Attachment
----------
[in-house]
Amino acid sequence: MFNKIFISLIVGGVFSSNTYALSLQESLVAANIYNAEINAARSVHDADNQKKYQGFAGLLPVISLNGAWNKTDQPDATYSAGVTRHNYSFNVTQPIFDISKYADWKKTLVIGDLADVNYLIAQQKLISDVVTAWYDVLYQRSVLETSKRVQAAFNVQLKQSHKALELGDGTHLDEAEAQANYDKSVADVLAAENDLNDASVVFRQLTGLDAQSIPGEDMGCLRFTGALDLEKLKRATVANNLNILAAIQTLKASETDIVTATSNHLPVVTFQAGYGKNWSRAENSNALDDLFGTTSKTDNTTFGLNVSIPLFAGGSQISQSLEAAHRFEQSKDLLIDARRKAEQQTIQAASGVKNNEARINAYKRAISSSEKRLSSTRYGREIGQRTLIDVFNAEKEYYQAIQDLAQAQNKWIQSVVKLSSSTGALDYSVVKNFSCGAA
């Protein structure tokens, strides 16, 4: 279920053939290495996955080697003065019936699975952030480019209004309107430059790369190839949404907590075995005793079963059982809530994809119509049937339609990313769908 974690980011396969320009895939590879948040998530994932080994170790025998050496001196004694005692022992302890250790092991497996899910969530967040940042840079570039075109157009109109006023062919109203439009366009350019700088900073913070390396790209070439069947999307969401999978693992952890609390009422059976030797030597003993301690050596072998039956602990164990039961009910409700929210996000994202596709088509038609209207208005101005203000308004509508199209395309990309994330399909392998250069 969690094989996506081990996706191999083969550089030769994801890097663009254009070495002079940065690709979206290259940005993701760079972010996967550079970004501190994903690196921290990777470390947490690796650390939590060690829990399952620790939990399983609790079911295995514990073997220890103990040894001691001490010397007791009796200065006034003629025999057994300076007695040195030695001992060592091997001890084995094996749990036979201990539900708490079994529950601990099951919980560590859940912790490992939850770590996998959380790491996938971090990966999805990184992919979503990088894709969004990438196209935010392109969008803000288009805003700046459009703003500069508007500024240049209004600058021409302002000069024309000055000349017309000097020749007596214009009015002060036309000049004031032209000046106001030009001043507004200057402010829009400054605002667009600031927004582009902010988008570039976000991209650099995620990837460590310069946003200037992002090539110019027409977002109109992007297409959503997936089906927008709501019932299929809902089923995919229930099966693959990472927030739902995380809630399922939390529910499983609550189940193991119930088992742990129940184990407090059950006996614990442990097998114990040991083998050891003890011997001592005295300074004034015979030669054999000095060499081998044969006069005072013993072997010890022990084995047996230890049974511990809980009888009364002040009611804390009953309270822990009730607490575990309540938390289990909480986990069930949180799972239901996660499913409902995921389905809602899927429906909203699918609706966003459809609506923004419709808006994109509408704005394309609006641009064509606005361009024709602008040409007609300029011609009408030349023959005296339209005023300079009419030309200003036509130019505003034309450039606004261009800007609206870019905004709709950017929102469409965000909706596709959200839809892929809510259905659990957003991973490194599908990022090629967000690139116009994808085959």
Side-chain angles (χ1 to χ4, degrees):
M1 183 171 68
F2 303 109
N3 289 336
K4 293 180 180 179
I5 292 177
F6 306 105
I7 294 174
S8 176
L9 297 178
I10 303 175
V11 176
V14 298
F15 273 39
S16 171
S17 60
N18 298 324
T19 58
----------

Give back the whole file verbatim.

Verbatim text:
[in-house]
Amino acid sequence: MFNKIFISLIVGGVFSSNTYALSLQESLVAANIYNAEINAARSVHDADNQKKYQGFAGLLPVISLNGAWNKTDQPDATYSAGVTRHNYSFNVTQPIFDISKYADWKKTLVIGDLADVNYLIAQQKLISDVVTAWYDVLYQRSVLETSKRVQAAFNVQLKQSHKALELGDGTHLDEAEAQANYDKSVADVLAAENDLNDASVVFRQLTGLDAQSIPGEDMGCLRFTGALDLEKLKRATVANNLNILAAIQTLKASETDIVTATSNHLPVVTFQAGYGKNWSRAENSNALDDLFGTTSKTDNTTFGLNVSIPLFAGGSQISQSLEAAHRFEQSKDLLIDARRKAEQQTIQAASGVKNNEARINAYKRAISSSEKRLSSTRYGREIGQRTLIDVFNAEKEYYQAIQDLAQAQNKWIQSVVKLSSSTGALDYSVVKNFSCGAA
């Protein structure tokens, strides 16, 4: 279920053939290495996955080697003065019936699975952030480019209004309107430059790369190839949404907590075995005793079963059982809530994809119509049937339609990313769908 974690980011396969320009895939590879948040998530994932080994170790025998050496001196004694005692022992302890250790092991497996899910969530967040940042840079570039075109157009109109006023062919109203439009366009350019700088900073913070390396790209070439069947999307969401999978693992952890609390009422059976030797030597003993301690050596072998039956602990164990039961009910409700929210996000994202596709088509038609209207208005101005203000308004509508199209395309990309994330399909392998250069 969690094989996506081990996706191999083969550089030769994801890097663009254009070495002079940065690709979206290259940005993701760079972010996967550079970004501190994903690196921290990777470390947490690796650390939590060690829990399952620790939990399983609790079911295995514990073997220890103990040894001691001490010397007791009796200065006034003629025999057994300076007695040195030695001992060592091997001890084995094996749990036979201990539900708490079994529950601990099951919980560590859940912790490992939850770590996998959380790491996938971090990966999805990184992919979503990088894709969004990438196209935010392109969008803000288009805003700046459009703003500069508007500024240049209004600058021409302002000069024309000055000349017309000097020749007596214009009015002060036309000049004031032209000046106001030009001043507004200057402010829009400054605002667009600031927004582009902010988008570039976000991209650099995620990837460590310069946003200037992002090539110019027409977002109109992007297409959503997936089906927008709501019932299929809902089923995919229930099966693959990472927030739902995380809630399922939390529910499983609550189940193991119930088992742990129940184990407090059950006996614990442990097998114990040991083998050891003890011997001592005295300074004034015979030669054999000095060499081998044969006069005072013993072997010890022990084995047996230890049974511990809980009888009364002040009611804390009953309270822990009730607490575990309540938390289990909480986990069930949180799972239901996660499913409902995921389905809602899927429906909203699918609706966003459809609506923004419709808006994109509408704005394309609006641009064509606005361009024709602008040409007609300029011609009408030349023959005296339209005023300079009419030309200003036509130019505003034309450039606004261009800007609206870019905004709709950017929102469409965000909706596709959200839809892929809510259905659990957003991973490194599908990022090629967000690139116009994808085959």
Side-chain angles (χ1 to χ4, degrees):
M1 183 171 68
F2 303 109
N3 289 336
K4 293 180 180 179
I5 292 177
F6 306 105
I7 294 174
S8 176
L9 297 178
I10 303 175
V11 176
V14 298
F15 273 39
S16 171
S17 60
N18 298 324
T19 58